New Windows and Doors can Make all the Difference

By Gates Dearen

Most Americans are frugal, so of course, they don’t want to spend money needlessly, especially when it comes to their homes.  Unfortunately, what many homeowners don’t realize is that one of the things that can rob them blind are their old windows and doors. 


Courtesy of HomeRiteJacksonville.com
If your home is more than 20-years old, your old windows and doors could be stealing your home’s energy efficiency.  That’s right; those old drafty windows make your home’s heating and air conditioning system run overtime.  This not only adds up every month when you receive your utility bill, but it can also shorten the life of your HVAC system. 

The Replacement Window Style Guide

By Gates Dearen
Courtesy of HomeRitejacksonville.com

So, you’ve finally decided it’s time to replace your home’s windows with new, more attractive, more energy efficient models.  Bravo!  Now you need to decide the type and style of windows.  The past few years have seen great development and evolution in window construction and features, so it helps to understand the current vocabulary of the window industry. Not only do they have their own lingo, there is a wide variety of products and styles and features to choose from. Everything from double and triple panes, to Low-E and impact-resistant windows, are available today.  Just as importantly, there are a number of style elements that can be incorporated into windows to make any home or room a work of art.  To help you sort out what’s what in the world of window styles, I have created the quick reference guide below.

How to Improve the Security and Safety of an Older Home

Courtesy of Wikimedia Commons
By Gates Dearen

They don’t make them like they used to.  That’s the catchphrase that is used by realtors to make any older home seem more attractive to buyers.  The truth of the matter is that there’s a reason why they don’t make houses like they used to.  That’s because building codes have been updated and improved.  For example, nobody wants lead pipes in their home for a good reason.  They’re toxic.  The same goes for asbestos roof shingles.  And nobody wants aluminum wiring in their house nowadays, because it’s a fire hazard.  I could go on and on.  There is a host of building materials that have come and gone over the years, mostly due to the fact that they were either hazardous or ineffective at fulfilling the function they were created to achieve.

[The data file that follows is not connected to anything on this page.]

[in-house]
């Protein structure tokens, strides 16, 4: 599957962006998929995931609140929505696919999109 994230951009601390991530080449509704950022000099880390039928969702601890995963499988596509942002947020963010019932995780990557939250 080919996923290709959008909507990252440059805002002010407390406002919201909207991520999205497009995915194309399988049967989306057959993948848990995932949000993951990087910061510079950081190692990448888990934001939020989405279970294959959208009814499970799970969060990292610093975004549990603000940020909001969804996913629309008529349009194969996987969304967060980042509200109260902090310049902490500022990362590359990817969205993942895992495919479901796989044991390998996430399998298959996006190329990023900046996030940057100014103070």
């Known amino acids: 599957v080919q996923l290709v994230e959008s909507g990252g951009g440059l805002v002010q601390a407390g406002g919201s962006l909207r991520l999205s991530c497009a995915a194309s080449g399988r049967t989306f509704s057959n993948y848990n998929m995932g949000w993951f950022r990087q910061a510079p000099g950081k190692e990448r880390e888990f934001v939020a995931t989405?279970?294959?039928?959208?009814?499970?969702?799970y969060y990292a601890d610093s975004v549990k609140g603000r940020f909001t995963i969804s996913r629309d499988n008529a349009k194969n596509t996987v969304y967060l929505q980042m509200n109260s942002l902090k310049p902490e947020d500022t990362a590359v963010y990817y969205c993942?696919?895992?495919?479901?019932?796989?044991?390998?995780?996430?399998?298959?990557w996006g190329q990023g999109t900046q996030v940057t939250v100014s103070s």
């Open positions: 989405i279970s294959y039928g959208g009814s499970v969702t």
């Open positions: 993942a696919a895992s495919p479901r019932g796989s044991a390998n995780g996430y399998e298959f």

Easy Ways to Check for Leaky Windows and Doors

Courtesy of Wikimedia Commons
By Gates Dearen

If you have ever owned a boat, then you know how even a tiny leak in the hull can quickly sink it.  While leaks in boats are generally easy to detect, since stepping into 6-inches of water is sure to get your attention, this isn’t the only kind of leak that can cause problems that cost money to fix. 

Given enough time and weather, air can begin to leak into your home.  Over time, these leaks can become more prevalent until they cost you serious money.  Unlike a leaky boat, where water sloshing around in the bilge is easy to spot, the signs that your house has sprung a leak only become apparent when the utility bill arrives.  Before your wallet springs a leak, allow me to show you the easy ways to check for leaky windows and doors.

Understanding “Window Speak” - a Buyer’s Guide

By Gates Dearen

When it comes to shopping for replacement windows these days, it almost seems as complicated as shopping for a new car.  Just as with the auto industry, modern windows come in many makes and models, and they offer a number of optional extras.  Everything from the hi-tech materials used in frames and panes, to attachment and pivot points - all have a nomenclature of their own.  If you don’t know a “head jamb” from a “Muntin Bar”, let me help explain.

The Lowdown on Low-E

By Gates Dearen

Courtesy of Wikimedia Commons
When it comes to windows, the glass is where the rubber meets the road, but when it comes to window panes, not all glass is equal.  Whether your windows are single-pane, double pane or triple pane, the formula used in the production of the glass and the glass coatings used in their manufacture have a direct bearing on their ability to stand up to the elements.